I was curious to find out what could have led to the phenomenal surge. While there could be a few factors, in my view the single largest contributor has been the growth of social media. Let me explain:

As more and more people sign on to social networking platforms like Facebook, there is a compelling desire to share and be part of the communication. This naturally implies that more people are signing up for the mobile data plans which are far more profitable for operators. The key catalyst that contributes both to the social media and to the operator’s profit pool happens to be the ubiquitous mobile phone.

A simple, easy to use browser and a good camera on the phone is all that is needed. When the smart phone was invented, I bet no one saw this as a potential application. The iPhone showed what is possible and soon a variety of devices has made access to social media quite easy.

Now, mobile operators for a long time have tried to offer a variety of applications, but barring a few none took off. This only goes to show that managing a network and managing a application portfolio calls for different competencies. And suddenly when one was least expecting, there’s a big surge in mobile data services.

INQ Mobile — owned by Hutchinson Whampoa has launched a Facebook phone. In Hong Kong, where the INQ1 launched back in March, nearly 50 percent of its owners regularly use data services on a level that is four times higher than the typical 3G user base. Facebook usage is also 3-4 times higher than the average on other 3G devices on the 3 Hong Kong network, the company said. Soon we may have a Twitter phone as well.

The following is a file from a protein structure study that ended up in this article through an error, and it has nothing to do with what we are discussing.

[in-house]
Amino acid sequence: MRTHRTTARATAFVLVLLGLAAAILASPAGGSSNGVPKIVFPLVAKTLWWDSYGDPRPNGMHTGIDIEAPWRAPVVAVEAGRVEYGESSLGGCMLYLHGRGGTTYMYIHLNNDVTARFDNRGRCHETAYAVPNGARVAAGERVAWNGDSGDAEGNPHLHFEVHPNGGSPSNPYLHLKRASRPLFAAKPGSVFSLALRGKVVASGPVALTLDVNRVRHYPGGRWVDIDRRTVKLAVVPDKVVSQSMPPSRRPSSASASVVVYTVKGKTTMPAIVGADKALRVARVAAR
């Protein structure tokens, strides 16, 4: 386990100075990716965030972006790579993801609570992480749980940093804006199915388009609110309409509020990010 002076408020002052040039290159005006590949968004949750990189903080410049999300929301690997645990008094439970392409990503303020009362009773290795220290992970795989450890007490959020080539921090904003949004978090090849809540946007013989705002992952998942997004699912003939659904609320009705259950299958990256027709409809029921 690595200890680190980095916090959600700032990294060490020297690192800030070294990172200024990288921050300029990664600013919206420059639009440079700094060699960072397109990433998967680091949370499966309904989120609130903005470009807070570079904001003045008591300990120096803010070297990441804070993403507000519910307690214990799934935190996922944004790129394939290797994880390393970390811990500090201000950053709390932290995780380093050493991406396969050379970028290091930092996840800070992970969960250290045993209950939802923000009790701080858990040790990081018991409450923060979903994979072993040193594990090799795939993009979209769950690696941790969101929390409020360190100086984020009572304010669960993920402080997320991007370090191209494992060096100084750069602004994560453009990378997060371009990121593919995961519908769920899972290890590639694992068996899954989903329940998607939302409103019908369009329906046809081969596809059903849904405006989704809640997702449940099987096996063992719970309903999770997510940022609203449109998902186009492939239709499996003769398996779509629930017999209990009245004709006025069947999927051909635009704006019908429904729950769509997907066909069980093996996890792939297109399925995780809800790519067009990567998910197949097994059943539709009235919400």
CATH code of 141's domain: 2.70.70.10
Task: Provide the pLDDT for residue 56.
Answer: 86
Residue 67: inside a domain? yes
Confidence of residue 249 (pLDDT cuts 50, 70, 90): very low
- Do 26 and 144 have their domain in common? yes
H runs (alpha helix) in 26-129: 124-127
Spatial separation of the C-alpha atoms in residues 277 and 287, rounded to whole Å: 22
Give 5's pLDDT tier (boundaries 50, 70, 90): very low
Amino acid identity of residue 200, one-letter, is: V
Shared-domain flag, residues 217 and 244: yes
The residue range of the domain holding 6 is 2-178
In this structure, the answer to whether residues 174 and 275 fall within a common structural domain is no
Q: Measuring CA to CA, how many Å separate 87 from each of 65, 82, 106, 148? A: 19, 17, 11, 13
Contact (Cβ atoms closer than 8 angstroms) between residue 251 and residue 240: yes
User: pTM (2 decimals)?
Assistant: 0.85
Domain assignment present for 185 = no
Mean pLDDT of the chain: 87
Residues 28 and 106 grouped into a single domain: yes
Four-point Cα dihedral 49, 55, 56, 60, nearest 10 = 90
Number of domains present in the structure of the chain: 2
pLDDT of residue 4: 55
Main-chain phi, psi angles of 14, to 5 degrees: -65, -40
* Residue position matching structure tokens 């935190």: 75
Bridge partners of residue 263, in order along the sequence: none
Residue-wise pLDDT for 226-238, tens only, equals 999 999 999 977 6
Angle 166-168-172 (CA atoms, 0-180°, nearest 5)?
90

So, we are back to where it all started: Carriers have become dumb pipes and the innovation is happening around the ends of the pipes — at the device level and at the application level.

So, like I normally say about innovation, the unintended effects of an innovation caused by seemingly disparate tributaries often causes a flood in an area that we least expected to happen.

August 4, 2009

Google and Apple are now confirmed rivals

If there was any doubt about the relationship between Google and Apple, the abrupt resignation of Eric Schmidt — Google CEO from the Apple Board should lay it to rest.

I wonder whether the FCC’s investigation of Apple yanking out Google Voice has something to do it. I wrote about their possible rivalry here, but before I could even conceive of possible actions, the resignation was announced. Coming to think of it, Google and Apple are bracing to compete with each other. Google’s Android which will soon be adopted by many device vendors will be in direct competition with Apple’s iPhone. And the Chrome OS will be competing with the Mac OSX.